Microsoft is worth more than the sum of its parts.
Yeah, Microsoftâ€™s growth is not Web 3.0-based yet and itâ€™s not virtualization-based yet and itâ€™s not cloud-computing-based yet and itâ€™s not open-source-software (OSS)-based yet. But thatâ€™s a good thing. The fact that Microsoft (MSFT) does not yet depend on Web 3.0 or virtualization or cloud computing or OSS (or pick your favorite buzzword du jour) is a plus. If you are one of those that love to hate Microsoft and are therefore betting that Microsoft has missed the waves tied to all these concepts, you have to bet that Microsoft is going to miss out on all of them. Not likely.
That Microsoft has grown revenue and profits the way it has, quarter after quarter, is much more meaningful from an analytical point of view than buzzword-based analysis. The software market size is about $250 billion a year worldwide according to IDC (according to published documents), growing around 7% per annum. Owning about 20% of a dynamic market, while growing faster than that market (15-20% on a trailing 12-month basis), also has to count for something. Especially when Microsoft is also growing faster than the next three largest software suppliers, IBM (IBM) Software Group, Oracle (ORCL) and SAP (SAP). And is also larger than those three combined.
I havenâ€™t run the Google quarter-three 2007 numbers yet but I assume Google (GOOG) has cracked into that software market leadership group as well. And Google is still growing faster than Microsoft. So, in my analysis, I am conceding one loss. Monetizing software revenue via advertising is a trend that Microsoft will not win at. (But looking at it the other way, it would really count for something if Microsoft is able to crack that â€œadvertising revenue as license feeâ€ nut as well; it certainly does not appear that Microsoft will stop trying.)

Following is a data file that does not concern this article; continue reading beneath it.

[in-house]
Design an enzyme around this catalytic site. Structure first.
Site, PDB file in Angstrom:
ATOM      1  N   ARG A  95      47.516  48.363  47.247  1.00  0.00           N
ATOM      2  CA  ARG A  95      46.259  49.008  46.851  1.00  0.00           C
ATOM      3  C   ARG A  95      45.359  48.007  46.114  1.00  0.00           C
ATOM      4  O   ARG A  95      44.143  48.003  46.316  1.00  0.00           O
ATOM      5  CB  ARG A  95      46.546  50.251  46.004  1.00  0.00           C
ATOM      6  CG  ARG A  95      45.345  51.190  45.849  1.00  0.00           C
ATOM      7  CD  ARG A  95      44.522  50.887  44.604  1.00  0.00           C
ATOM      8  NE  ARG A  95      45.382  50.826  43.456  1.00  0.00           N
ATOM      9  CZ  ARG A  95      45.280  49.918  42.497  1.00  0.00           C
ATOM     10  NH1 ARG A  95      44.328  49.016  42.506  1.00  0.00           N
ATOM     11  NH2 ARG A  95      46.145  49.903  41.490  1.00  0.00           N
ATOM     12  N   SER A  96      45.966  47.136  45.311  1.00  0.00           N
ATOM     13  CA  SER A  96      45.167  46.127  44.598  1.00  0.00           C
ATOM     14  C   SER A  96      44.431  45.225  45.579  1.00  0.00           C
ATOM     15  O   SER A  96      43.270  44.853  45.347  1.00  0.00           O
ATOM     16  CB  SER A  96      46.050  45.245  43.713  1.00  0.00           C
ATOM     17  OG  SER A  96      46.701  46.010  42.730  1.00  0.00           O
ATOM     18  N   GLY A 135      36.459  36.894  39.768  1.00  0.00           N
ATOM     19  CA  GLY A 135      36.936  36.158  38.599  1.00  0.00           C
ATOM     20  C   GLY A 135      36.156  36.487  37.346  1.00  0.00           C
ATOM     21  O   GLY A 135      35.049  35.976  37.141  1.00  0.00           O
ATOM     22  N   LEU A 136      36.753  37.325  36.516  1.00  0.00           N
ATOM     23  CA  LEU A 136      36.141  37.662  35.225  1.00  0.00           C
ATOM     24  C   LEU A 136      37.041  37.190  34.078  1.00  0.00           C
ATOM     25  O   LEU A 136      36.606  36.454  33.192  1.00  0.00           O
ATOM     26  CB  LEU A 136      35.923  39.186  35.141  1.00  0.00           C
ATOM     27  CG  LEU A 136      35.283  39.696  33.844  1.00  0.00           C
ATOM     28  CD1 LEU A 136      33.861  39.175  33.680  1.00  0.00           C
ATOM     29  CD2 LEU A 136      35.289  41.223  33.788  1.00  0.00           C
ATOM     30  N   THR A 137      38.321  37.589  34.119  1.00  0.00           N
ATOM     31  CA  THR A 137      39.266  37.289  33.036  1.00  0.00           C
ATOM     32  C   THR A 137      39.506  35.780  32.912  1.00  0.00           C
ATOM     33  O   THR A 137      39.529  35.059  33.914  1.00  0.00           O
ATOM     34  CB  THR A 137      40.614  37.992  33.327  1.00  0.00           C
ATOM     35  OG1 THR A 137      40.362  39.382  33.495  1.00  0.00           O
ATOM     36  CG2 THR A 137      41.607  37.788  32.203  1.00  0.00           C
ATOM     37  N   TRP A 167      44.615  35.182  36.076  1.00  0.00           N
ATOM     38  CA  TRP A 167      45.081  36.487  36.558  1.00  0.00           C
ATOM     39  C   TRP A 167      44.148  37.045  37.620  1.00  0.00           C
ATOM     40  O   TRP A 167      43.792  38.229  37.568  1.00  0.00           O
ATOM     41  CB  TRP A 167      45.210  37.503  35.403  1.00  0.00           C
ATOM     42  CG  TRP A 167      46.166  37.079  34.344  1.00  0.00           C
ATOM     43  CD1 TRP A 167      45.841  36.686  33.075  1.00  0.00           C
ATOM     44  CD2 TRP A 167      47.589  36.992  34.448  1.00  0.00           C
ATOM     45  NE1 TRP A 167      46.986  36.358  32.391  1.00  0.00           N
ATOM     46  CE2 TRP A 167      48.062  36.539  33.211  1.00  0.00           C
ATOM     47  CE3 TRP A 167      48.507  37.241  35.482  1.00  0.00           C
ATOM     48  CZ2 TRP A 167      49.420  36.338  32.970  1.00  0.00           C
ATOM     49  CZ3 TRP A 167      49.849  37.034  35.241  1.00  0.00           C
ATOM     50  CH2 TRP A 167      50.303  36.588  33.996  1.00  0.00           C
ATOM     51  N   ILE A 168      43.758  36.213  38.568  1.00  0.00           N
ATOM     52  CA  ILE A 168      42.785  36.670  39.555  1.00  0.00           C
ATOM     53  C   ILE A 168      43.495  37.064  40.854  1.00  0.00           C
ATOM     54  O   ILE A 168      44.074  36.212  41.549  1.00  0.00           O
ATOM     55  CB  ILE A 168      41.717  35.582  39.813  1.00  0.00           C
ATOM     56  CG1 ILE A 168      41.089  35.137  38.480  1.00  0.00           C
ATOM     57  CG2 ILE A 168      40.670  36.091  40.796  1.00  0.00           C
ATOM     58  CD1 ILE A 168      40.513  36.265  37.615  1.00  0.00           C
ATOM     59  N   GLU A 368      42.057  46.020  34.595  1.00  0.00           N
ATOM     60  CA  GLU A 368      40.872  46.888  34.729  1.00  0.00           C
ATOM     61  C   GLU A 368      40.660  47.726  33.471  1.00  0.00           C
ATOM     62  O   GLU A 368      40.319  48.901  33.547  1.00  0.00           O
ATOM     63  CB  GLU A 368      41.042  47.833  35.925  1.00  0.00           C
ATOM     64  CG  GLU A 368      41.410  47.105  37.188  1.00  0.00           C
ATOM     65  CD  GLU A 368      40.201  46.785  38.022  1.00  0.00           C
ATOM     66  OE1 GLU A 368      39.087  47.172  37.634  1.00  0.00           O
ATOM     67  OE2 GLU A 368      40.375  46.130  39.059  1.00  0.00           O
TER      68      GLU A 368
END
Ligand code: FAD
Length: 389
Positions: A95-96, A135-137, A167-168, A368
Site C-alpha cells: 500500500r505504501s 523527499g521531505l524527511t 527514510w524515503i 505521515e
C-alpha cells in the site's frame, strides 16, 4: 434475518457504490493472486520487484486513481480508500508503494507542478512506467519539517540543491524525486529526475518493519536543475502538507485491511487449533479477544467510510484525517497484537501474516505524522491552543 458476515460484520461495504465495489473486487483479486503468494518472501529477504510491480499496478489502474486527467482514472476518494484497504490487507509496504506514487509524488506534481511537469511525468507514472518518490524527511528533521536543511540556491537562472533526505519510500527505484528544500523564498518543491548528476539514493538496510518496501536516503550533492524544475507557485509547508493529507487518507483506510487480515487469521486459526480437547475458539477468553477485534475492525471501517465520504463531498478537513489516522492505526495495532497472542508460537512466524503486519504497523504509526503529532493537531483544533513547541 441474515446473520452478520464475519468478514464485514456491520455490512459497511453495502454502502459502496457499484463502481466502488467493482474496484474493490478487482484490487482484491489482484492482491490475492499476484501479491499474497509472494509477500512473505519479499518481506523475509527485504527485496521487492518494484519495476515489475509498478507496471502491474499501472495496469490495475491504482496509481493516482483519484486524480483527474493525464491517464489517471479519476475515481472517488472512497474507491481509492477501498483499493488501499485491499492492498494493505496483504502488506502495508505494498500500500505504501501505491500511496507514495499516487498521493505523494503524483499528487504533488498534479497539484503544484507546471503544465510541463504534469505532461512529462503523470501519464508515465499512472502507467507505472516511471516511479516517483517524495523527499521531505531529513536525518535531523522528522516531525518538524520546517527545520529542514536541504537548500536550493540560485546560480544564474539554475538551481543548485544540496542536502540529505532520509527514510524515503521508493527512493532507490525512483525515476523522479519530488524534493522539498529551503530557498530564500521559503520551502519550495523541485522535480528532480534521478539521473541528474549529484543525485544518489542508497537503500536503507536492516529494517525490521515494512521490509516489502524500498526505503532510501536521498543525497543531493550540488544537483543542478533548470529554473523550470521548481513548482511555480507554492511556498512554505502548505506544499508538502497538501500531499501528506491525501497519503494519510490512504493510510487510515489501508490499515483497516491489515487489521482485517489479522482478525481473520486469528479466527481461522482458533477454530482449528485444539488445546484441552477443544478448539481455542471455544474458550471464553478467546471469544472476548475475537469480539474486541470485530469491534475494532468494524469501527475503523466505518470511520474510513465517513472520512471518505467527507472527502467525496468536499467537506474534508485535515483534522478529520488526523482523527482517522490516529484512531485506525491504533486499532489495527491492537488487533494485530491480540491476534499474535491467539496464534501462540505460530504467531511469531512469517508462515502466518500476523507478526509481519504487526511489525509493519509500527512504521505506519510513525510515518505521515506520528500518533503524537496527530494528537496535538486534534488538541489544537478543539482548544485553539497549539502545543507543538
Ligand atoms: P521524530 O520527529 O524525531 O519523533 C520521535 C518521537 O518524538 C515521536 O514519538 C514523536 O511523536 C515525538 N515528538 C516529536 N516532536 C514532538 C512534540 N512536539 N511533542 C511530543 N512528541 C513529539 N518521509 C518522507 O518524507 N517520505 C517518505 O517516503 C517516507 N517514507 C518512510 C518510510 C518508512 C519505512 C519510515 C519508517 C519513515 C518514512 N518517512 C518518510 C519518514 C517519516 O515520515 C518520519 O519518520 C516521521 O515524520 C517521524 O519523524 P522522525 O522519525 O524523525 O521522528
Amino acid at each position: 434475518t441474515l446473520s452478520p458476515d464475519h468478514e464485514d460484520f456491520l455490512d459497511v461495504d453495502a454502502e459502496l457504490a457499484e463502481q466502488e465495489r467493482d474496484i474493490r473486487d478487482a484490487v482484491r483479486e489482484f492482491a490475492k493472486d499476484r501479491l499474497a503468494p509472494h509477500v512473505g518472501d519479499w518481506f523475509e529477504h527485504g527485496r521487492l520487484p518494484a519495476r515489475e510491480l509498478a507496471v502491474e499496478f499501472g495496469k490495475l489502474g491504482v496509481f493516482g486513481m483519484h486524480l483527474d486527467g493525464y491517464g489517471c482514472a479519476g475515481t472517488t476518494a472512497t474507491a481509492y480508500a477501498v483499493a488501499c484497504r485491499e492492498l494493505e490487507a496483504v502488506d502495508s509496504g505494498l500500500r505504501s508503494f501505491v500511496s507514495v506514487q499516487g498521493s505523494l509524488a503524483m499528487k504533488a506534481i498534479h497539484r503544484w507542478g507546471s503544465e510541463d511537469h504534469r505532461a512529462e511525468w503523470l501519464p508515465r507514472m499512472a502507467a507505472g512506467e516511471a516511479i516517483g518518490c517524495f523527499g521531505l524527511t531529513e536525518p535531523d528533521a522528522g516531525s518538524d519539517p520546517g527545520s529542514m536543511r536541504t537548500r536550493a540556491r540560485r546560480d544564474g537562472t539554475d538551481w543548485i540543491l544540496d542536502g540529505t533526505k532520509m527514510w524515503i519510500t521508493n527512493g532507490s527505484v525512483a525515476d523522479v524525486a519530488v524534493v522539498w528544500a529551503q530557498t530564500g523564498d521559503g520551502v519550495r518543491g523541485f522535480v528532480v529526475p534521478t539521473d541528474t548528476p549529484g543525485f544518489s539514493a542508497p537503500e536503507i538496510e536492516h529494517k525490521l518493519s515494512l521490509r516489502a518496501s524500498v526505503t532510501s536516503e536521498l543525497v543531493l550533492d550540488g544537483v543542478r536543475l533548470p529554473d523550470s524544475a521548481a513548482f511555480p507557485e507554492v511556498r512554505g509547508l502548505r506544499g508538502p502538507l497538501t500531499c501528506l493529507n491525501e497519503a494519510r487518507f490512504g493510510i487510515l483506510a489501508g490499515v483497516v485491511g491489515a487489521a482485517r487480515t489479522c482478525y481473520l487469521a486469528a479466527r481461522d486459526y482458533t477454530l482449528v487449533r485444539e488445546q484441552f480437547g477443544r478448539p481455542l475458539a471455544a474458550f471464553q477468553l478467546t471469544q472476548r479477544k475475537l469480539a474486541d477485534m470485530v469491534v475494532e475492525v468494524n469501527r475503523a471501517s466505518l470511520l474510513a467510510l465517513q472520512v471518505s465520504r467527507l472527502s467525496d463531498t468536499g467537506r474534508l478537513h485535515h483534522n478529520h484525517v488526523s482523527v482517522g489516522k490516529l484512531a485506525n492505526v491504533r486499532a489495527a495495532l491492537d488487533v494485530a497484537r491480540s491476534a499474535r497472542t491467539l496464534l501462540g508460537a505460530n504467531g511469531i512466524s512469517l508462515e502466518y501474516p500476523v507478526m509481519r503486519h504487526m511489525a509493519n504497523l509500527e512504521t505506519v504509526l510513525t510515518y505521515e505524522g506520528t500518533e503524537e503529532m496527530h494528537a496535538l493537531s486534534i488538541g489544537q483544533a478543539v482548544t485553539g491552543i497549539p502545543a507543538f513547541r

Look at any other of a dozen trends important to the software market and Microsoft is strong or gaining ground quickly. Microsoft is settling up with OSS world (which accounts for less than 1% of the software market anyway). It is settling up with governments that have tried to change Microsoftâ€™s business model (in favor of OSS and nationalized software firms or just because the governments are socialistic). Microsoft is acquiring its way into Web 3.0. Microsoft promises integrated virtualization 6 months after Longhorn rolls out (and I bet it will be more than simplistic server virtualization).
Name your buzzword: Microsoft has it covered. Microsoft needs to be working on all these fronts. The client software cash cow has another year or two left in it; server and tools has maybe five. Paul Kedrosky and others are talking about a break-up to increase shareholder value before the cows dry up. But I look at Microsoft as most valuable viewed as a single value proposition, rather than a group of business units. If it chooses to, Microsoft is able to change the userâ€™s total information technology (IT) experience in a way no other software supplier can. Microsoft can combine the role of the user who is at once a consumer, an information worker, an individual looking for entertainment or personal information, and so forth.
This is true however only if you assume, as I do, that Microsoftâ€™s still unspoken strategy is to become a services company. If that is not the case, if Microsoft prefers to be a strong software technology provider equivalent to Cisco in communications, Intel in chips or Adobe in document management, then split it up so its pieces can better compete with the others. But life for us analysts would become so boring.